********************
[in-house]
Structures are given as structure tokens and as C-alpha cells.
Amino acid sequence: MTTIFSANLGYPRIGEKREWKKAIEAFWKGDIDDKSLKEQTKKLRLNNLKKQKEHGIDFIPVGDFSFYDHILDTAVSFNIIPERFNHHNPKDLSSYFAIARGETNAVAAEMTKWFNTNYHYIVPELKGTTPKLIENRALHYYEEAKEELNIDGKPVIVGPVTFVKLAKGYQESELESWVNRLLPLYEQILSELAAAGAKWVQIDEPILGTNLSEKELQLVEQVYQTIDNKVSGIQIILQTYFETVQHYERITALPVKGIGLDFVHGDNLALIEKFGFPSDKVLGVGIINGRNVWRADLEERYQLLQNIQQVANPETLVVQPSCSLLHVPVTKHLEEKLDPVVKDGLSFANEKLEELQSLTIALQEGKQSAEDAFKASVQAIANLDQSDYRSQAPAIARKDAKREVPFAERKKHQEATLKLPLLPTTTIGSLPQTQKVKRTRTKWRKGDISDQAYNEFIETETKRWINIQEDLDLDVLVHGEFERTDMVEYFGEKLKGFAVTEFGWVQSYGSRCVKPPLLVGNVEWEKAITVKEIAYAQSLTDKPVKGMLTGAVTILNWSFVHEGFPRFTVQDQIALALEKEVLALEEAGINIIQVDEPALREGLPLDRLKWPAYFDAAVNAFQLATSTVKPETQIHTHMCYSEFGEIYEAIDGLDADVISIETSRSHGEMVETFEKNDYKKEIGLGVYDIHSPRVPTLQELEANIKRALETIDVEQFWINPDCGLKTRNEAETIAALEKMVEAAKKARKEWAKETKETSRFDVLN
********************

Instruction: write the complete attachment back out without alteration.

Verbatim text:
[in-house]
Structures are given as structure tokens and as C-alpha cells.
Amino acid sequence: MTTIFSANLGYPRIGEKREWKKAIEAFWKGDIDDKSLKEQTKKLRLNNLKKQKEHGIDFIPVGDFSFYDHILDTAVSFNIIPERFNHHNPKDLSSYFAIARGETNAVAAEMTKWFNTNYHYIVPELKGTTPKLIENRALHYYEEAKEELNIDGKPVIVGPVTFVKLAKGYQESELESWVNRLLPLYEQILSELAAAGAKWVQIDEPILGTNLSEKELQLVEQVYQTIDNKVSGIQIILQTYFETVQHYERITALPVKGIGLDFVHGDNLALIEKFGFPSDKVLGVGIINGRNVWRADLEERYQLLQNIQQVANPETLVVQPSCSLLHVPVTKHLEEKLDPVVKDGLSFANEKLEELQSLTIALQEGKQSAEDAFKASVQAIANLDQSDYRSQAPAIARKDAKREVPFAERKKHQEATLKLPLLPTTTIGSLPQTQKVKRTRTKWRKGDISDQAYNEFIETETKRWINIQEDLDLDVLVHGEFERTDMVEYFGEKLKGFAVTEFGWVQSYGSRCVKPPLLVGNVEWEKAITVKEIAYAQSLTDKPVKGMLTGAVTILNWSFVHEGFPRFTVQDQIALALEKEVLALEEAGINIIQVDEPALREGLPLDRLKWPAYFDAAVNAFQLATSTVKPETQIHTHMCYSEFGEIYEAIDGLDADVISIETSRSHGEMVETFEKNDYKKEIGLGVYDIHSPRVPTLQELEANIKRALETIDVEQFWINPDCGLKTRNEAETIAALEKMVEAAKKARKEWAKETKETSRFDVLN